“It’s a joy to see deaf people wanting to learn the truth of God’s Word with an open mind and a willing heart.”
Gary Chadwick, a member of Burns Church of Christ in Burns, Tennessee, has been serving the deaf community for 43 years, ever since he began working in a Nashville church after the deaf minister resigned.
“It was never my intention to pursue a career in deaf ministry, but I saw the great need of taking the gospel to the deaf and had a change of heart,” he says, noting that 95 percent of deaf people in the United States are unchurched.
Through his own experience, Chadwick cites three main reasons why deaf people typically avoid church: First, the majority of hearing churches in the U.S. do not offer any outreach to deaf people—and particularly to deaf children. Secondly, interpreted church services don’t always meet the special needs of the deaf; and lastly, most American churches lack the skills necessary to make the message of God’s Word clear to deaf people.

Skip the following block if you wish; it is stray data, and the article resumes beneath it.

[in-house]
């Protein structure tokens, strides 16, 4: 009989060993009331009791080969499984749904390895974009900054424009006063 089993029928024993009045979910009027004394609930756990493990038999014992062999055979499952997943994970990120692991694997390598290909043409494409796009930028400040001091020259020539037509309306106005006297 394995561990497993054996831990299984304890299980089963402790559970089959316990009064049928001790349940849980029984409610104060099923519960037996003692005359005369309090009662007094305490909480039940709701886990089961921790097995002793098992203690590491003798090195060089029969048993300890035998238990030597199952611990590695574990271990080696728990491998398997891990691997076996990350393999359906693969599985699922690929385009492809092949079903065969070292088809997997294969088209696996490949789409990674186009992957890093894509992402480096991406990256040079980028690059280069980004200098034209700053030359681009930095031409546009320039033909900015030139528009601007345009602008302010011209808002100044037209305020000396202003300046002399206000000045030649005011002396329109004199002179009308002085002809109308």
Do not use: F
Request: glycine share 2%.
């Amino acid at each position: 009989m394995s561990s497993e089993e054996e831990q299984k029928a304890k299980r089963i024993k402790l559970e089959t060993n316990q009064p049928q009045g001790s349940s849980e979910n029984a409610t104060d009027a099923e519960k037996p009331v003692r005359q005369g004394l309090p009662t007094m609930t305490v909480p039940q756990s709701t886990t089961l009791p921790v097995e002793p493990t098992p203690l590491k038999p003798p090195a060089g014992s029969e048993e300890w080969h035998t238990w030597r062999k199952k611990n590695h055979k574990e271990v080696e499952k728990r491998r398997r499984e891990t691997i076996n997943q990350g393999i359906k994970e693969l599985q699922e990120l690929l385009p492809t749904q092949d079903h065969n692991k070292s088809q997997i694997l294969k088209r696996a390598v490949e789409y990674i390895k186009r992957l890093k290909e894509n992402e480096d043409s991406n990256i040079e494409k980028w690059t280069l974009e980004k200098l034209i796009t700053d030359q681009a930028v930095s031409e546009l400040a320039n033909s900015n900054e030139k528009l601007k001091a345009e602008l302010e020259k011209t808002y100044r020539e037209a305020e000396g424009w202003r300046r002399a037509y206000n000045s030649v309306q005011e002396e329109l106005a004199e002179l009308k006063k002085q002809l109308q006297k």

This last point particularly resonates with the deaf community—because although there are roughly 400 sign languages in use by deaf communities, not a single one has a complete translation of the Bible, including the American Sign Language (ASL). As part of their ongoing effort to deliver the Bible to the world’s languages, Wycliffe Bible Translators, the world’s largest Bible translation organization, recently launched a new international initiative to reach the deaf.
Given that only 2 percent of deaf people have been introduced to the gospel, Chadwick is encouraged whenever he sees hearing-impaired folks fill the pews.
“It’s a joy to see deaf people wanting to learn the truth of God’s Word with an open mind and a willing heart,” says Chadwick.
To watch video clips, read testimony or learn details about Wycliffe’s ongoing projects, visit Wycliffe.org/about.